Ability has to be a factor in the equation. Jim has much, so his cars can be ROUGH!! I have little, so I am much better off starting with nice, rust free, unmolested, already finished, possibly only needing waxed examples.:D

    Jim, please continue to do what you do. Some of us like to watch from the sidelines and wish we had those skills.
    The37Kid and NashRodMan like this.
  14. czuch
    Joined: Sep 23, 2008
    Posts: 2,688

    from vail az

    I need a tetanus shot after reading this thread.
    Hnstray, UNSHINED 2 and kidcampbell71 like this.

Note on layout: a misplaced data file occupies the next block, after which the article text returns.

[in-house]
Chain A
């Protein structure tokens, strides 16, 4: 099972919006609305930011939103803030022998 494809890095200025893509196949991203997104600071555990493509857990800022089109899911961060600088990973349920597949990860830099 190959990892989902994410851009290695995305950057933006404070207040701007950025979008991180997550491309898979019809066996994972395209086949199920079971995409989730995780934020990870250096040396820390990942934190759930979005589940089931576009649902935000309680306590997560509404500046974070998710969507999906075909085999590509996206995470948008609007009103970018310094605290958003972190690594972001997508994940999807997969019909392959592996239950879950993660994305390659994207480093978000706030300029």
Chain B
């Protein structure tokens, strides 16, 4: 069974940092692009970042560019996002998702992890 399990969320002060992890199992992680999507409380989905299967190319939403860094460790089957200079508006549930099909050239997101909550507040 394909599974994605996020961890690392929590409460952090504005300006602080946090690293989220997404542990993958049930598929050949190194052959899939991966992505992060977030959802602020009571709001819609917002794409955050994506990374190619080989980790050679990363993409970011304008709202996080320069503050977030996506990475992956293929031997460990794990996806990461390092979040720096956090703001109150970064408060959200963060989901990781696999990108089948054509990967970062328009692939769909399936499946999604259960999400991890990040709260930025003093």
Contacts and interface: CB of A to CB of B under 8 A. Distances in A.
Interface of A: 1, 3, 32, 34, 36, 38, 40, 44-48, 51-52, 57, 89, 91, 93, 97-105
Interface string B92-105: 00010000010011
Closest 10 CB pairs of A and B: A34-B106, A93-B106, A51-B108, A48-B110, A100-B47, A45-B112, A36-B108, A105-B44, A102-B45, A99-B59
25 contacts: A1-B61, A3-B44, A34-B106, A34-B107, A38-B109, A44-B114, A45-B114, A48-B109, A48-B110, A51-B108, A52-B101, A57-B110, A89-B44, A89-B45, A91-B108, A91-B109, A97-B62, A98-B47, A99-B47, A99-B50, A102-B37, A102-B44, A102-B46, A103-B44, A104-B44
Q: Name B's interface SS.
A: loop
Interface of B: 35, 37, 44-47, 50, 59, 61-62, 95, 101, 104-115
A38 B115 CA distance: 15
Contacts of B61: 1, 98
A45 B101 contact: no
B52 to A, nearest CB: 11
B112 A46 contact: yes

15. UNSHINED 2
    Joined: Oct 30, 2006
    Posts: 1,074


    Yeah -- right in the eyeballs. :D
  16. JimSibley likes this.
  17. Wow. Nice work. Another example of someone with serious skills. I think those late 30's Stude Coupes look great.

    This was for sale here locally for next to nothing, with all the missing body parts, grill etc. I think it was actually a '38 Commander Coupe. The only thing I know is that it was gone within hours of it's posting.

    Sent from my iPhone using The H.A.M.B. mobile app
  18. I've gone the crusty rusty route and would rather start with the best body I could afford-usually that takes me back to crusty rusty
    sunbeam and Barrelnose pickup like this.
  19. Squablow
    Joined: Apr 26, 2005
    Posts: 15,229